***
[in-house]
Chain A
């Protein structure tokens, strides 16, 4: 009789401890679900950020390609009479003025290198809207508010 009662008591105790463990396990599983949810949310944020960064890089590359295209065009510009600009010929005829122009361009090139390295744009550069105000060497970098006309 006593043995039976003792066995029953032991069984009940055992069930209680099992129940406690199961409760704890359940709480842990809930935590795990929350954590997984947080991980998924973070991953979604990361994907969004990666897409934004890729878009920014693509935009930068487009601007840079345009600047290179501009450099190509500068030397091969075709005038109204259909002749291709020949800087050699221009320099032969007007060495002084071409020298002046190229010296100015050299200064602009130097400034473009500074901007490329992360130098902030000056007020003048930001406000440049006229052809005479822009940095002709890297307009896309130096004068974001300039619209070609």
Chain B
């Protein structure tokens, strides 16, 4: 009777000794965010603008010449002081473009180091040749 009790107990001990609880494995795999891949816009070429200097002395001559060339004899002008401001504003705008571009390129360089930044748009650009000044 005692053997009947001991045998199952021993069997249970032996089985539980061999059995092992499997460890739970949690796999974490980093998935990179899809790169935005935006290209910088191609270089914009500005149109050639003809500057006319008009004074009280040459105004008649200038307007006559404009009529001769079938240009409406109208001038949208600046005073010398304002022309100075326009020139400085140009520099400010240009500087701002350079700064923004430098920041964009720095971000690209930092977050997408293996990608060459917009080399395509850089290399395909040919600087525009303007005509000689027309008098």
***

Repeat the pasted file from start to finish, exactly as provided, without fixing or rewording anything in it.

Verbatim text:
[in-house]
Chain A
């Protein structure tokens, strides 16, 4: 009789401890679900950020390609009479003025290198809207508010 009662008591105790463990396990599983949810949310944020960064890089590359295209065009510009600009010929005829122009361009090139390295744009550069105000060497970098006309 006593043995039976003792066995029953032991069984009940055992069930209680099992129940406690199961409760704890359940709480842990809930935590795990929350954590997984947080991980998924973070991953979604990361994907969004990666897409934004890729878009920014693509935009930068487009601007840079345009600047290179501009450099190509500068030397091969075709005038109204259909002749291709020949800087050699221009320099032969007007060495002084071409020298002046190229010296100015050299200064602009130097400034473009500074901007490329992360130098902030000056007020003048930001406000440049006229052809005479822009940095002709890297307009896309130096004068974001300039619209070609």
Chain B
């Protein structure tokens, strides 16, 4: 009777000794965010603008010449002081473009180091040749 009790107990001990609880494995795999891949816009070429200097002395001559060339004899002008401001504003705008571009390129360089930044748009650009000044 005692053997009947001991045998199952021993069997249970032996089985539980061999059995092992499997460890739970949690796999974490980093998935990179899809790169935005935006290209910088191609270089914009500005149109050639003809500057006319008009004074009280040459105004008649200038307007006559404009009529001769079938240009409406109208001038949208600046005073010398304002022309100075326009020139400085140009520099400010240009500087701002350079700064923004430098920041964009720095971000690209930092977050997408293996990608060459917009080399395509850089290399395909040919600087525009303007005509000689027309008098």